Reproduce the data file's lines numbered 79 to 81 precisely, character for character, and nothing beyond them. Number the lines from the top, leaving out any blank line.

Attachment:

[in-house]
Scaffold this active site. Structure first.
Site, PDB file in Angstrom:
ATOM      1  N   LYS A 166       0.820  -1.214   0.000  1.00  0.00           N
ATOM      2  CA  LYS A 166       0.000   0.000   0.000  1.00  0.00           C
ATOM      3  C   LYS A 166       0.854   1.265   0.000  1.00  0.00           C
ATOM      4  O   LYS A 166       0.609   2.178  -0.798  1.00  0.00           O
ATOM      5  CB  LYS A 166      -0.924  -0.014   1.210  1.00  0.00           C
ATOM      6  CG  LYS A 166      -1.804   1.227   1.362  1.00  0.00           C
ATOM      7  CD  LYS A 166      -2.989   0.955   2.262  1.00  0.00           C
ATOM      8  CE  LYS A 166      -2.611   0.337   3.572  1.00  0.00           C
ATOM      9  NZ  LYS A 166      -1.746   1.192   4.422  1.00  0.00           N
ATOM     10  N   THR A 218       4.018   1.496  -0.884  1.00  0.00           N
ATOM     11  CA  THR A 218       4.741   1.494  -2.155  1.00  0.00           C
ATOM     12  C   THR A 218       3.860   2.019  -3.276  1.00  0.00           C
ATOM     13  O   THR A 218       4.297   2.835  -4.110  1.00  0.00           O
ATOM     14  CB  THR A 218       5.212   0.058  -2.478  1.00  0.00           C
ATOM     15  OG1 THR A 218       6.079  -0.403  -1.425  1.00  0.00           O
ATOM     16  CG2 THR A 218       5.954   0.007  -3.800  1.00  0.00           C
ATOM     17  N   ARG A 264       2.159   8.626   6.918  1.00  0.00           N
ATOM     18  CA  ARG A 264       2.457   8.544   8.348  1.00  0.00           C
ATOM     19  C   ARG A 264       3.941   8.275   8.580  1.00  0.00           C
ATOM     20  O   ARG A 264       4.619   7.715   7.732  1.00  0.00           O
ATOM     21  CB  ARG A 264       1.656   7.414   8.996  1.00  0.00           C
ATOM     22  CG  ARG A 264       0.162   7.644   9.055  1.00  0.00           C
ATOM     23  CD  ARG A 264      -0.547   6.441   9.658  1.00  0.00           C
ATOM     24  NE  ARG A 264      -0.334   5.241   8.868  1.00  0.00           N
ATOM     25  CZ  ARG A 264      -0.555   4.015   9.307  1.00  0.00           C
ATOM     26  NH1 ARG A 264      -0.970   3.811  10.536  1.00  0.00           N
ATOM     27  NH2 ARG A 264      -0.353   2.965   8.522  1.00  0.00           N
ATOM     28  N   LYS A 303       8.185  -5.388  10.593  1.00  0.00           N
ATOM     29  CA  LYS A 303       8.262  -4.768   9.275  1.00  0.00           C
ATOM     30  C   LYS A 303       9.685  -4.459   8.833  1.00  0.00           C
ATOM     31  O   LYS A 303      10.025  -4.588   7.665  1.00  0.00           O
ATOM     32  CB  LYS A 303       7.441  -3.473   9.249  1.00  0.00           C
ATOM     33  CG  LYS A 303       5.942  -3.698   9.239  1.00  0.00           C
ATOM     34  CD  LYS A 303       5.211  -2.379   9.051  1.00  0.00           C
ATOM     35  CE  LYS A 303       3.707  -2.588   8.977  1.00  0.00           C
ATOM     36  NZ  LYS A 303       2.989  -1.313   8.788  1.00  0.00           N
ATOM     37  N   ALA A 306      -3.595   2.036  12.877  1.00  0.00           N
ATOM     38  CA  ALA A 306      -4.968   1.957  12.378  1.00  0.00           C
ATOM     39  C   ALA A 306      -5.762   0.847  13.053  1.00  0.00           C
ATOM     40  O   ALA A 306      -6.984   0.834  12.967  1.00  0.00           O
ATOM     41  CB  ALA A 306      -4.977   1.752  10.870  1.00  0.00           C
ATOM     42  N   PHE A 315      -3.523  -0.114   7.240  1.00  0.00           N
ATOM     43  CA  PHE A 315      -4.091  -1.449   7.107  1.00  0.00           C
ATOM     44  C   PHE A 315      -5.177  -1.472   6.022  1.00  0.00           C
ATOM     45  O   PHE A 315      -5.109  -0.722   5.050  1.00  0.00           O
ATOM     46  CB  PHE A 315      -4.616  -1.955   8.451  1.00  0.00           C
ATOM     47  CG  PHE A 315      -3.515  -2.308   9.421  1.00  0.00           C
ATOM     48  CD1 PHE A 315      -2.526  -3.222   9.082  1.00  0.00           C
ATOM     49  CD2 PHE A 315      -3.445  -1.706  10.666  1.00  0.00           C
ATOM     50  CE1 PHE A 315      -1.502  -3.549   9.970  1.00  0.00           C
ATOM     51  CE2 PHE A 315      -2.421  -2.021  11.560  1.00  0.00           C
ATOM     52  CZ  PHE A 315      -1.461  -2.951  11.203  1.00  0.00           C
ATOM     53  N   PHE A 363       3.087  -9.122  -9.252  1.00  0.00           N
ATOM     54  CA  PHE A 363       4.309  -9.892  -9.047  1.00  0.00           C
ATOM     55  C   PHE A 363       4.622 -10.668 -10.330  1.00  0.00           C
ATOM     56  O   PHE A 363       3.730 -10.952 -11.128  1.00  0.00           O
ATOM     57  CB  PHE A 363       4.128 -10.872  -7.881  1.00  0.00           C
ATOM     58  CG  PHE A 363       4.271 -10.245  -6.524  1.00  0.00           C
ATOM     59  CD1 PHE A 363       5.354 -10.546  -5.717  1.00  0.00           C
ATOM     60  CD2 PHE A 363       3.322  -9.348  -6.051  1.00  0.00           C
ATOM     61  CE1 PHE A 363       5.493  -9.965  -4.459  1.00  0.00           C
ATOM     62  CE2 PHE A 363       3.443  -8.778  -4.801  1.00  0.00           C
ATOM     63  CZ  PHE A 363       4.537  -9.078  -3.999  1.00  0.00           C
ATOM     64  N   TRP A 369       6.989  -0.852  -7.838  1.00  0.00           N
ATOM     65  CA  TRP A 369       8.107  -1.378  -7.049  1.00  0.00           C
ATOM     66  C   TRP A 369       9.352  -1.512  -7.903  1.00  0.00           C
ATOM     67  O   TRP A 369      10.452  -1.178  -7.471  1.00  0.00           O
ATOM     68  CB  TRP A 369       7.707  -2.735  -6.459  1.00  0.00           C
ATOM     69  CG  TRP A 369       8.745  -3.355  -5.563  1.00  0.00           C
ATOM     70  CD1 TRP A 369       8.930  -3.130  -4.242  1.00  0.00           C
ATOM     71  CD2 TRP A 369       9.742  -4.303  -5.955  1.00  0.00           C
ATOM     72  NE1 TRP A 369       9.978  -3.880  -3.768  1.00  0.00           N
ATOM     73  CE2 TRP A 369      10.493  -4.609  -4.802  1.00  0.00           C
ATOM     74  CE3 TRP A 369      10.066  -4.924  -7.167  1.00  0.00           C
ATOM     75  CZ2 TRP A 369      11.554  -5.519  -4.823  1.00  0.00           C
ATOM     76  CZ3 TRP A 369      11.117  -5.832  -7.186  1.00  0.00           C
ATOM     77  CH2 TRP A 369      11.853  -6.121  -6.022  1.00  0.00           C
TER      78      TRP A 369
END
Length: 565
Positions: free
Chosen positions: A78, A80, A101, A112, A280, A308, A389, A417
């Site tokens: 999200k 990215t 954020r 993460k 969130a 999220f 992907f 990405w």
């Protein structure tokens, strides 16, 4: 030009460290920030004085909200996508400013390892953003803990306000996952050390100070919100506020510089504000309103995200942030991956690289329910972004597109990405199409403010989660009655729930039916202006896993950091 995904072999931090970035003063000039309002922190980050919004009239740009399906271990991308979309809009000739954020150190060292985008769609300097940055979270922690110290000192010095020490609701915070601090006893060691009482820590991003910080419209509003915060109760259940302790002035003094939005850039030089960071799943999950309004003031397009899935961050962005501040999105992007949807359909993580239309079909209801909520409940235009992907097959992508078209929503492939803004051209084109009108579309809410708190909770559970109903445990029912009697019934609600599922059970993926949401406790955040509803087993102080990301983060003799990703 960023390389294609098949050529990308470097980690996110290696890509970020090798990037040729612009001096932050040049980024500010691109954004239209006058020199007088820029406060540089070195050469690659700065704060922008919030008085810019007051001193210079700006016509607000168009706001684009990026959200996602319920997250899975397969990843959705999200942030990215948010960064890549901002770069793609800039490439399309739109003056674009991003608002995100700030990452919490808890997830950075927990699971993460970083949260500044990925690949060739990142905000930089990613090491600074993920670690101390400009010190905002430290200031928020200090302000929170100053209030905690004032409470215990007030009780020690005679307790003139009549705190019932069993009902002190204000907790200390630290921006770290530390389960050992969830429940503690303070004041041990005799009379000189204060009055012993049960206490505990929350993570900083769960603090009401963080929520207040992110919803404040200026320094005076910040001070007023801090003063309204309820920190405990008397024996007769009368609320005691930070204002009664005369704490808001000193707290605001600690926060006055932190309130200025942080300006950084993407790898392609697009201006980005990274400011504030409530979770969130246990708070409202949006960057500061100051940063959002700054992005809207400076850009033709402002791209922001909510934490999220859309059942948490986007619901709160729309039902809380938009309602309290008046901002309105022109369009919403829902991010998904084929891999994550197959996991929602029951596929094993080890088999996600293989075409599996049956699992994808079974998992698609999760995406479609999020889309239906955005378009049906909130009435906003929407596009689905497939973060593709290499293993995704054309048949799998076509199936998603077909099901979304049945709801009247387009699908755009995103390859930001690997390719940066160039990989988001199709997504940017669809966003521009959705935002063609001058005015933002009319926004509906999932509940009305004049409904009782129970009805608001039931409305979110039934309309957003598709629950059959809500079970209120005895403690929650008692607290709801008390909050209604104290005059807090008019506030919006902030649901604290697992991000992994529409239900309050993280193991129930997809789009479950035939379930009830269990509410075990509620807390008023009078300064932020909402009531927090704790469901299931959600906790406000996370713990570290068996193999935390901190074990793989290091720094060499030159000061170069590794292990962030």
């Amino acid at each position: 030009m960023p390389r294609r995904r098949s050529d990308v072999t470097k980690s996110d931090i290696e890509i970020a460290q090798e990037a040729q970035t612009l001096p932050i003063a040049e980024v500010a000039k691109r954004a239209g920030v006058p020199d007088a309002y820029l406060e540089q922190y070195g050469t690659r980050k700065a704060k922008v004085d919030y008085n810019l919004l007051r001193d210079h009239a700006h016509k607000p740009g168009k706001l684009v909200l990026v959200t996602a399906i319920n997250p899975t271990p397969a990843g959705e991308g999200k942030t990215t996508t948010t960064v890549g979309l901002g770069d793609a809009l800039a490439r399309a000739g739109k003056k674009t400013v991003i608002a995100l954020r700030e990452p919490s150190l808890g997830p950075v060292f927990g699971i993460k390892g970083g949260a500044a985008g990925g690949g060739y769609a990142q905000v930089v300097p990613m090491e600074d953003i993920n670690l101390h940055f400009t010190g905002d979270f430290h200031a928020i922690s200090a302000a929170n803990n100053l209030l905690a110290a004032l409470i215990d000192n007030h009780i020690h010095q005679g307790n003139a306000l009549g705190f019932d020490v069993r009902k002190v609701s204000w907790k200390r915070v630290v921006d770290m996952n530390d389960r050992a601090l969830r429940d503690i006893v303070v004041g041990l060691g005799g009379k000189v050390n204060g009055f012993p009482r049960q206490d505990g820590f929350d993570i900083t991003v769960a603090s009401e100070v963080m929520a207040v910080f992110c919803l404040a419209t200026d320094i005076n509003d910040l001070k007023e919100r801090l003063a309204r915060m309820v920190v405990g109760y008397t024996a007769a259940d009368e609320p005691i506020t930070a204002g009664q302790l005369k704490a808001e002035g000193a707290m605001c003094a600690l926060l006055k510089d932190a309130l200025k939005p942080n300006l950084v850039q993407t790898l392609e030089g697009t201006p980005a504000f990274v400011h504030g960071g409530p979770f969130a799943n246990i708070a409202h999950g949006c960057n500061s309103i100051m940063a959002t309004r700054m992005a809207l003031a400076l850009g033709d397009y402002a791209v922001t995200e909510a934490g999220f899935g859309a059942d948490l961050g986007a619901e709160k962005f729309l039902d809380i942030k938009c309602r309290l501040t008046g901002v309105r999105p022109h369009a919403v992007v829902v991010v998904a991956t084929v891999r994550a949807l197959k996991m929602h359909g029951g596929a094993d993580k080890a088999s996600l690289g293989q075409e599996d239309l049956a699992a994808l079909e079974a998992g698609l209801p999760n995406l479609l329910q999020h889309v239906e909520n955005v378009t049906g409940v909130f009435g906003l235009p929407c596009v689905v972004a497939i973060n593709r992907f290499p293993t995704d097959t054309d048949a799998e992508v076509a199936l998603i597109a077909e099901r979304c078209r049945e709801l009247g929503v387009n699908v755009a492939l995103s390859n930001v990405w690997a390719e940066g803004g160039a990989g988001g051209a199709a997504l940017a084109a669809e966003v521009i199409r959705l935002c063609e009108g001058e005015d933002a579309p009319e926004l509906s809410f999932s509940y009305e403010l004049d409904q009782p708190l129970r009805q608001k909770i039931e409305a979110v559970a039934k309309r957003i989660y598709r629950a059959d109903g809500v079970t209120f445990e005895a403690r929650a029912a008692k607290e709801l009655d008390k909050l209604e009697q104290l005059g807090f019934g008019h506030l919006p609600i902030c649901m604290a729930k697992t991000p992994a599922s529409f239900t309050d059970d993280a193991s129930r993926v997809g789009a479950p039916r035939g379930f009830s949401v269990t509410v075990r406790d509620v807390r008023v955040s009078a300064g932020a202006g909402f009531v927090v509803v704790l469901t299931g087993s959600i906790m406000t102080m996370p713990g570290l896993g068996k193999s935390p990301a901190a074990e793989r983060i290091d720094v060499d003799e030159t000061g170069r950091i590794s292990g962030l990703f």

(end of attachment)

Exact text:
ATOM     76  CZ3 TRP A 369      11.117  -5.832  -7.186  1.00  0.00           C
ATOM     77  CH2 TRP A 369      11.853  -6.121  -6.022  1.00  0.00           C
TER      78      TRP A 369